The first book I'm recommending in this series is Social: Why Our Brains are Wired to Connect by Matthew Lieberman.
This book did not disappoint! I have such a better grasp on WHY we need connection with other humans and what physical mechanisms are impacted within me. I find now almost ZERO self-judgement when I feel lonely, and instead, an almost fierce self-protection in my "right" to long for social connection, and a greater willingness to try to cultivate a social life.
About the Author
The Table of contents
Readability: How is the EXPERIENCE of reading it?
There were definitely some new words I needed to look up. I would jot the definitions in the margins near the words, but there were not so many that it intruded on the experience of reading. There were a lot of names for the regions of the brains that I didn't know, but he defines these for you and reminds you again and again throughout the book so it didn't feel alienating. It felt like learning not like I needed a certain level of preknowledge to understand what he was saying. (So science-y but accessible!)
The author shares plenty of fun stories from his own life and research to illustrate the points he's making, including embarrassing college stories! His voice is present through out the book, which is really helpful; it feels like chatting with your smart friend over coffee when they are gleefully explaining their passion.
It was so interesting I found it difficult to put down; I burned through it pretty quickly. I haven't been able to stop talking about it!
How is it Relevant to Learning NVC?
First and foremost, "connection" is considered a universal human need. It's my belief/understanding that connection is one of the core human needs; other needs may actually be strategies to meet this need (ie meeting my need for touch or community meets my need for connection). One of my goals is to learn more in-depth about each of our human needs, so reading this book and deepening my understanding of the physiology of connection was really really useful for me.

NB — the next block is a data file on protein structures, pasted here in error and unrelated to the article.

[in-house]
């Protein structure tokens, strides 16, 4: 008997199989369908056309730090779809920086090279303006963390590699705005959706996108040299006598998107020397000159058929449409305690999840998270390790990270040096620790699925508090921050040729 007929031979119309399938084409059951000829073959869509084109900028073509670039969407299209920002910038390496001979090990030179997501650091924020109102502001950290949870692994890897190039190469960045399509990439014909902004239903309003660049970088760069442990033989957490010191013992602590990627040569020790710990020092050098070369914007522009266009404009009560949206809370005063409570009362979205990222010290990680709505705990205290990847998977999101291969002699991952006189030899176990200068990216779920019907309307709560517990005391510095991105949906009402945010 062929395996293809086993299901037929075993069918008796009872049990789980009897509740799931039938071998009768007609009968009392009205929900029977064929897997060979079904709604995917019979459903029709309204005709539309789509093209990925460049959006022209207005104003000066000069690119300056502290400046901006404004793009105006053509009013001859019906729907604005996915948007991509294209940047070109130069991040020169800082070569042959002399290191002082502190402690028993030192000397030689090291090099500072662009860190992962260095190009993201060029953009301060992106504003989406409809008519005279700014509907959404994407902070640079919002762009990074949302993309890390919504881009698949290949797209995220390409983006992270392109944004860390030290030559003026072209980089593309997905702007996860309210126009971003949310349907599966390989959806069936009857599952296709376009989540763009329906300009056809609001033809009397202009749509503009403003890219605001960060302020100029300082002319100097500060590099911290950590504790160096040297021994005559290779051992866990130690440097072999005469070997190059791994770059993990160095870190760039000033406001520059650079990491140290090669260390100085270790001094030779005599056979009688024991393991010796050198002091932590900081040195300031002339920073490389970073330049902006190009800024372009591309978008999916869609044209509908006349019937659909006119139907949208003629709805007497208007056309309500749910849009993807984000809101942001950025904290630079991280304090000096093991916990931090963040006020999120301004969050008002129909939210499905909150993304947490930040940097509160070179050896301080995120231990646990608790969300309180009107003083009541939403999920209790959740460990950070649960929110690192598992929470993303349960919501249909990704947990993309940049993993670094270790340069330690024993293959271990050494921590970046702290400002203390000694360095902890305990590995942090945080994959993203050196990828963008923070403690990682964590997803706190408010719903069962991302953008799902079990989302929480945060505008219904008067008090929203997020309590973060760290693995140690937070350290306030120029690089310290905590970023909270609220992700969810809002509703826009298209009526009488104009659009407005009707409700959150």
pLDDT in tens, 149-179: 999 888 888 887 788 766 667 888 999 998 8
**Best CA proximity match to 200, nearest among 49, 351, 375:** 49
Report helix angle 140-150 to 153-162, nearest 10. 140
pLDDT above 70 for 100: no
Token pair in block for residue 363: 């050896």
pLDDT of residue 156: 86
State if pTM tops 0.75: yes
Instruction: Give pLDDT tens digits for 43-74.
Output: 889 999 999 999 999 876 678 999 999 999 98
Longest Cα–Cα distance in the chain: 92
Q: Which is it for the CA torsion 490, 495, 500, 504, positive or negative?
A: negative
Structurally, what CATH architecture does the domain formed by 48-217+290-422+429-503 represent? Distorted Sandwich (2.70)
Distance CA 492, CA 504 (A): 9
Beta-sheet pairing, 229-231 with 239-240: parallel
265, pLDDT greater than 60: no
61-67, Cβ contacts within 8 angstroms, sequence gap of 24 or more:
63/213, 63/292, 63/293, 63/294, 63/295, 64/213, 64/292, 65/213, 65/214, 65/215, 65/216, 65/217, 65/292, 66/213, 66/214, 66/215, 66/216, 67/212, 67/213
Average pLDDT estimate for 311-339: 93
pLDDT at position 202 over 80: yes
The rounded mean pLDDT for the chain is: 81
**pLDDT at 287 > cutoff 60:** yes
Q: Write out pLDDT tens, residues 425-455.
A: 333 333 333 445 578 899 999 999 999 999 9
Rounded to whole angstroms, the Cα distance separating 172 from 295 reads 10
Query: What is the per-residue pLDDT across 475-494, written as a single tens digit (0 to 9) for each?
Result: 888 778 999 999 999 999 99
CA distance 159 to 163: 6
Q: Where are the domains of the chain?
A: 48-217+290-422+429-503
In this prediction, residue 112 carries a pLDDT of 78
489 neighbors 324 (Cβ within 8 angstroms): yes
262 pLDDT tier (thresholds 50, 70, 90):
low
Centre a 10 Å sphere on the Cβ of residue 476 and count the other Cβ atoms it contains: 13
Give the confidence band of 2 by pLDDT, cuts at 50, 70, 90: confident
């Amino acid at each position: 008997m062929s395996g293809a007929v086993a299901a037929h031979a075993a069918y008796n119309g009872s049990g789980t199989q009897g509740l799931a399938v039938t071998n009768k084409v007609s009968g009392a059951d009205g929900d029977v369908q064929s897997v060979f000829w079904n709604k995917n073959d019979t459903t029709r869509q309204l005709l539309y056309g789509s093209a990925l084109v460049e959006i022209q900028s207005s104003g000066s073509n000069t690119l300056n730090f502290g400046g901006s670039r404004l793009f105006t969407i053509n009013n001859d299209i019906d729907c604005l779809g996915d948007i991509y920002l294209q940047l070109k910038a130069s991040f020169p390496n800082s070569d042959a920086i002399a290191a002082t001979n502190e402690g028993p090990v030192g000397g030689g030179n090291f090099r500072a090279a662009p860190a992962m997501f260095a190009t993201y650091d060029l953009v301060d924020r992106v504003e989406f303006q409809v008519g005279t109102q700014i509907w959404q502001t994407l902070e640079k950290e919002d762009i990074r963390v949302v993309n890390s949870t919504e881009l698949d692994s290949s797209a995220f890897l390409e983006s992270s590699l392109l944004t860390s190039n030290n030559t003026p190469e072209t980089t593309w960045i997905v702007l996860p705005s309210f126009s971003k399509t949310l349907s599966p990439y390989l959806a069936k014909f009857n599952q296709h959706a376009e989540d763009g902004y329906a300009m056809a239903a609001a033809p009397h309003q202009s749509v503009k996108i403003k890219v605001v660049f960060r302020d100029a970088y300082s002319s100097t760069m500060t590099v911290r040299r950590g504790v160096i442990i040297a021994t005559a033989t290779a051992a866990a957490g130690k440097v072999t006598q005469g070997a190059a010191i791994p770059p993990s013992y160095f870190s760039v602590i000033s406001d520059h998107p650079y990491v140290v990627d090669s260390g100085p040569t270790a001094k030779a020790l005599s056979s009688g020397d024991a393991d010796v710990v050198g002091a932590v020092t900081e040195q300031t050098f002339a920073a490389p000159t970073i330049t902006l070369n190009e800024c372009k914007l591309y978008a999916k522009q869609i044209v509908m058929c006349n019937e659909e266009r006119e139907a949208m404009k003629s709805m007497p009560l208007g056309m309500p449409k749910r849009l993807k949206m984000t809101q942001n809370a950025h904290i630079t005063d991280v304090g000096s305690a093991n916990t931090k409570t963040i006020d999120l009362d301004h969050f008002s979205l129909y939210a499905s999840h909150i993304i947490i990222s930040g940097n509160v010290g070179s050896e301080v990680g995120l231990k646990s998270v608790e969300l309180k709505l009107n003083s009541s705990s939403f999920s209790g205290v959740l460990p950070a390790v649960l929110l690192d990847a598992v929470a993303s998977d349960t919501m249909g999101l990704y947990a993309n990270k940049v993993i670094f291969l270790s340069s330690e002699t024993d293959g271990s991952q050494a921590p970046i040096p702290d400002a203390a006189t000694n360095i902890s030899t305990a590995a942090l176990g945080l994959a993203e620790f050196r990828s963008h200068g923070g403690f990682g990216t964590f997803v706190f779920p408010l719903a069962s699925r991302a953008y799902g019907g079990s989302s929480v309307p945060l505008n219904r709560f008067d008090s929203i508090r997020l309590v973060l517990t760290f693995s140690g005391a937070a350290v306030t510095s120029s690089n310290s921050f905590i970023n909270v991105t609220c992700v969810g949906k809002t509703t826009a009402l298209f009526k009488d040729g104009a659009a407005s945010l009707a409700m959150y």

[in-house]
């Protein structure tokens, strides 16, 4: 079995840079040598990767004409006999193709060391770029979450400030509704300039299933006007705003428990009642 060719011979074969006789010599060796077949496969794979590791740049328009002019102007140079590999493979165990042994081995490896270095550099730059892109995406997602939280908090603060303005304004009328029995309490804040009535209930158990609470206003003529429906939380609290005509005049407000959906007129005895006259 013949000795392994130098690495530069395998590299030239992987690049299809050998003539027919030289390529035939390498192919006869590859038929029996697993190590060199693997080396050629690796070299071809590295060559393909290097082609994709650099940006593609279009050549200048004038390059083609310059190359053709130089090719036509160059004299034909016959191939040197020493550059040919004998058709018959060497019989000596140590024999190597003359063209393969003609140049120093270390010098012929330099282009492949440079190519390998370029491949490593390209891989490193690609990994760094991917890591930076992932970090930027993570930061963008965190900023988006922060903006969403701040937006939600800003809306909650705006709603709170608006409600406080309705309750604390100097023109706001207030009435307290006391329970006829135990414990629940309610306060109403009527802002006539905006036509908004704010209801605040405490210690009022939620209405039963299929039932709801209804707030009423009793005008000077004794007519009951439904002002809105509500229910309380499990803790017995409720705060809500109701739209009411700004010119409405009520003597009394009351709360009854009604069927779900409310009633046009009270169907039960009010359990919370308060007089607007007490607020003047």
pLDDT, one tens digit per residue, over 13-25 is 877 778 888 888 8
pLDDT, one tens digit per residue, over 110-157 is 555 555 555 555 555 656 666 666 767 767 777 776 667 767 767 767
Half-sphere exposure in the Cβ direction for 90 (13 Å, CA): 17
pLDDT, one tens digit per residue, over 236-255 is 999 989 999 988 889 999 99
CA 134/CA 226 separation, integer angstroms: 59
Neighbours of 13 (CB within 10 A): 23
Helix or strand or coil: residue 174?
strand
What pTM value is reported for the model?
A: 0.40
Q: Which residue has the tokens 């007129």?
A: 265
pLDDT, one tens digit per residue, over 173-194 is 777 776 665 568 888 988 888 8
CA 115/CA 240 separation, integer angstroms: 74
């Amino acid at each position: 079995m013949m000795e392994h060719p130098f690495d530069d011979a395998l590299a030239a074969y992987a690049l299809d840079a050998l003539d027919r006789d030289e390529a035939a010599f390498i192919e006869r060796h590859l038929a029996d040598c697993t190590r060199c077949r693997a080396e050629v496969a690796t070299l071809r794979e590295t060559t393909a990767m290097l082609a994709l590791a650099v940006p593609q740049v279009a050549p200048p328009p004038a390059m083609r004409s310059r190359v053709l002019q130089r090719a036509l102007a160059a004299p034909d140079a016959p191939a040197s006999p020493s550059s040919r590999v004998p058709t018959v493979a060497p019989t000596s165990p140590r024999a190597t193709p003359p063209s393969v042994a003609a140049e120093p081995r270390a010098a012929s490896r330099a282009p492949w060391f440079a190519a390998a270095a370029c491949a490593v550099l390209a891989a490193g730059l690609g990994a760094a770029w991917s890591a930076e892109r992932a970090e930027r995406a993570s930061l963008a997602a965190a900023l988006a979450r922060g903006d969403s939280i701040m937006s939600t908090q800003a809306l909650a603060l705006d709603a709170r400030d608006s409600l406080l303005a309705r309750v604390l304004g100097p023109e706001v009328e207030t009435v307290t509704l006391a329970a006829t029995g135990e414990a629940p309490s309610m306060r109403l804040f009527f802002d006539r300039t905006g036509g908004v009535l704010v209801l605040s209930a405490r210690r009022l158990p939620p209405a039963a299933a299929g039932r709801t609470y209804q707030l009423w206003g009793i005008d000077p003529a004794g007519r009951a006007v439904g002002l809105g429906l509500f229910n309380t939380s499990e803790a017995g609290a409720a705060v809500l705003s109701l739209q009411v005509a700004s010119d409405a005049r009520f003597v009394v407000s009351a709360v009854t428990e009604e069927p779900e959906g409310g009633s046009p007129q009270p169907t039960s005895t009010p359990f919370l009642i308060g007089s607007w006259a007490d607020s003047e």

In addition to that, this book is chock full of NVC consciousness and needs awareness in general! I noticed several other human needs in the subtext so frequently that I started jotting the needs I saw in the margins! I also noticed other components of NVC (like observations, for example) and noted those in the margins as well. There were a few times as I was reading that I wondered if the author had been to some NVC trainings!
He also talks about what is happening in the brain that may be vitally important in our ability to give and receive empathy. I plan to reread that section!
SOme things I learned
Want to read it too?
If you want to read it too, here is a link to where you can order the book from Bookdepository.com, which is where my husband and I tend to get most of our books.
Just a clear heads up: if you use this link, I get a small referral commission, which helps me to cover my own costs. It wont cost you anything more, in fact Book Depository is usually more affordable than Amazon or walk-in bookstores, with free worldwide shipping. You can always go to a library for free! I enjoy the non-commercialism of libraries AND my husband and I want to have our own, home library. Also, I enjoy highlighting and making notes in the book, which I can't do if I have to return it, so. . . ¯\_(ツ)_/¯
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After you've read it, let me know what you think down below! :D
Selene Aswell is a coach, facilitator and community living consultant.